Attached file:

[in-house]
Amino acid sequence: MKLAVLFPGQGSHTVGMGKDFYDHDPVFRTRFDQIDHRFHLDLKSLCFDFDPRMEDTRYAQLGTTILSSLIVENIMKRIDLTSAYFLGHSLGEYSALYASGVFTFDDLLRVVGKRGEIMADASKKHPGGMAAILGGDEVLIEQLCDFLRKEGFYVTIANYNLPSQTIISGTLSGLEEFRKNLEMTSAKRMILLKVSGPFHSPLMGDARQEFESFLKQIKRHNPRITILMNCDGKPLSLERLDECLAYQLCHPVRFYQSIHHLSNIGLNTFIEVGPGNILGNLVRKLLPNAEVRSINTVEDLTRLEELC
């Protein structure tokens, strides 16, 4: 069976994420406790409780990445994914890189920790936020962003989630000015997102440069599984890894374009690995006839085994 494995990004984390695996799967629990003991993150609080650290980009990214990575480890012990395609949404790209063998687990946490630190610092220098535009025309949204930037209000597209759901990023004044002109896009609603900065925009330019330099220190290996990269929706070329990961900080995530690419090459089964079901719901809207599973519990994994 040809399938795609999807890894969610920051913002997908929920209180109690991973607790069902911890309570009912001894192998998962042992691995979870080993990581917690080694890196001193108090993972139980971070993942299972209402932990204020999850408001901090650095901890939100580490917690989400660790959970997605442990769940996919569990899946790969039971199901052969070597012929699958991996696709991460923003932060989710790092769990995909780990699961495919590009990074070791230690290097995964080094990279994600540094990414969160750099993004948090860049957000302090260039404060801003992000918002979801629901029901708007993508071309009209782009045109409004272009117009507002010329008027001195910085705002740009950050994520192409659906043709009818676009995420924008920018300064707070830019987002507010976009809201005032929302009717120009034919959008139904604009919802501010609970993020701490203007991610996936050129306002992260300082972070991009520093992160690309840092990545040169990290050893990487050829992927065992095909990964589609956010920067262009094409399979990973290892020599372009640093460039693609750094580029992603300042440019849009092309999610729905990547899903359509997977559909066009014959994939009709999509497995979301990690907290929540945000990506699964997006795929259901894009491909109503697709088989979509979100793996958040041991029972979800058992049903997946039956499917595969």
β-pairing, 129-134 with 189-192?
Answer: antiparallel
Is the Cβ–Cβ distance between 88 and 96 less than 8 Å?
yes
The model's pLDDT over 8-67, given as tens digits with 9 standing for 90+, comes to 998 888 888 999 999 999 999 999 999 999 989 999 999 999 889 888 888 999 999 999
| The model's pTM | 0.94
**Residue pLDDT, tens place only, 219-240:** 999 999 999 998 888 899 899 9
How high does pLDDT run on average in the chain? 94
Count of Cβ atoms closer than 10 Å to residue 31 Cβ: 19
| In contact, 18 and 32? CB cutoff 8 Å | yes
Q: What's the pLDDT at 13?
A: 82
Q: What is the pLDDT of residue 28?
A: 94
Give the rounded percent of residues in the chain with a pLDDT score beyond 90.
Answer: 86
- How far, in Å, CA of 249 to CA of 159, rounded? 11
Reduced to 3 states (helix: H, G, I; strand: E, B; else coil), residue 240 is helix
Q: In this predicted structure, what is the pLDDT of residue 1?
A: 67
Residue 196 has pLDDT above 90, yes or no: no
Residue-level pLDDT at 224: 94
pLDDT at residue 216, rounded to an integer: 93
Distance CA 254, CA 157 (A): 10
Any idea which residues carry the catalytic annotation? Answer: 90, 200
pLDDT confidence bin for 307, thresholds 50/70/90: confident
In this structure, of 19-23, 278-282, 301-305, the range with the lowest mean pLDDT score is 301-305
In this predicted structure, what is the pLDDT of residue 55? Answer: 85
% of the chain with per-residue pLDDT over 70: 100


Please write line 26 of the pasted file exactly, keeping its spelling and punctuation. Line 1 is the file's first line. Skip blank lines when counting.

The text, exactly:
pLDDT at residue 216, rounded to an integer: 93